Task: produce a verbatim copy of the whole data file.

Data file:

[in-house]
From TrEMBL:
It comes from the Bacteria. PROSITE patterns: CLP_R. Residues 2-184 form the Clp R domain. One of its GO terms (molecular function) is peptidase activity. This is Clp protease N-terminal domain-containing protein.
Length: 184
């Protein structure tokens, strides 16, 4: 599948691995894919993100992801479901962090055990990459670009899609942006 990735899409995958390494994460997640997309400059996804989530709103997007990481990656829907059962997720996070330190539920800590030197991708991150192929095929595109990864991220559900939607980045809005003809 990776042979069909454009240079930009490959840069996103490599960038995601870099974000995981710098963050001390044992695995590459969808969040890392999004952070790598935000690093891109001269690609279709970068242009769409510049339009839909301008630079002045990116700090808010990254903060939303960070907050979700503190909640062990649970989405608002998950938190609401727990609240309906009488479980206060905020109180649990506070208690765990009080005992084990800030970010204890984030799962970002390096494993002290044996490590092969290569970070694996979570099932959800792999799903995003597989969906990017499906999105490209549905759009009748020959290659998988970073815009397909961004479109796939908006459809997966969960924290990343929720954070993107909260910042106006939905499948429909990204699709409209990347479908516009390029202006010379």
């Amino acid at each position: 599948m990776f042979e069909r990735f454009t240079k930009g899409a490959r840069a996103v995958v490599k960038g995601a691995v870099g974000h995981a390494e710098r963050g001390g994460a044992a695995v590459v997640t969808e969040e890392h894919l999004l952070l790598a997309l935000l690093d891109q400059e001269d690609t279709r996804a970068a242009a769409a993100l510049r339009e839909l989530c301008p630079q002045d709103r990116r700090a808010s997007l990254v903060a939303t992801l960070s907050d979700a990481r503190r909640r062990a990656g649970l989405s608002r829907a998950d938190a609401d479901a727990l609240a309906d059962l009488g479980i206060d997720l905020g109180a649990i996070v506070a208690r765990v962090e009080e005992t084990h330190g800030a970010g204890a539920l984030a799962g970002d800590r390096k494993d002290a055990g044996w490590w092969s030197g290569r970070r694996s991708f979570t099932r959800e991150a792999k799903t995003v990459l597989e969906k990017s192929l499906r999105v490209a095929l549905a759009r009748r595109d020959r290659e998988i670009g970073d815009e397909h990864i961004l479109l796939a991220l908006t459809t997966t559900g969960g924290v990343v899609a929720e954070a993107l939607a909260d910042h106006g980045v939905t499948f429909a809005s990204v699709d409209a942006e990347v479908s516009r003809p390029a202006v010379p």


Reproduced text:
[in-house]
From TrEMBL:
It comes from the Bacteria. PROSITE patterns: CLP_R. Residues 2-184 form the Clp R domain. One of its GO terms (molecular function) is peptidase activity. This is Clp protease N-terminal domain-containing protein.
Length: 184
């Protein structure tokens, strides 16, 4: 599948691995894919993100992801479901962090055990990459670009899609942006 990735899409995958390494994460997640997309400059996804989530709103997007990481990656829907059962997720996070330190539920800590030197991708991150192929095929595109990864991220559900939607980045809005003809 990776042979069909454009240079930009490959840069996103490599960038995601870099974000995981710098963050001390044992695995590459969808969040890392999004952070790598935000690093891109001269690609279709970068242009769409510049339009839909301008630079002045990116700090808010990254903060939303960070907050979700503190909640062990649970989405608002998950938190609401727990609240309906009488479980206060905020109180649990506070208690765990009080005992084990800030970010204890984030799962970002390096494993002290044996490590092969290569970070694996979570099932959800792999799903995003597989969906990017499906999105490209549905759009009748020959290659998988970073815009397909961004479109796939908006459809997966969960924290990343929720954070993107909260910042106006939905499948429909990204699709409209990347479908516009390029202006010379």
């Amino acid at each position: 599948m990776f042979e069909r990735f454009t240079k930009g899409a490959r840069a996103v995958v490599k960038g995601a691995v870099g974000h995981a390494e710098r963050g001390g994460a044992a695995v590459v997640t969808e969040e890392h894919l999004l952070l790598a997309l935000l690093d891109q400059e001269d690609t279709r996804a970068a242009a769409a993100l510049r339009e839909l989530c301008p630079q002045d709103r990116r700090a808010s997007l990254v903060a939303t992801l960070s907050d979700a990481r503190r909640r062990a990656g649970l989405s608002r829907a998950d938190a609401d479901a727990l609240a309906d059962l009488g479980i206060d997720l905020g109180a649990i996070v506070a208690r765990v962090e009080e005992t084990h330190g800030a970010g204890a539920l984030a799962g970002d800590r390096k494993d002290a055990g044996w490590w092969s030197g290569r970070r694996s991708f979570t099932r959800e991150a792999k799903t995003v990459l597989e969906k990017s192929l499906r999105v490209a095929l549905a759009r009748r595109d020959r290659e998988i670009g970073d815009e397909h990864i961004l479109l796939a991220l908006t459809t997966t559900g969960g924290v990343v899609a929720e954070a993107l939607a909260d910042h106006g980045v939905t499948f429909a809005s990204v699709d409209a942006e990347v479908s516009r003809p390029a202006v010379p």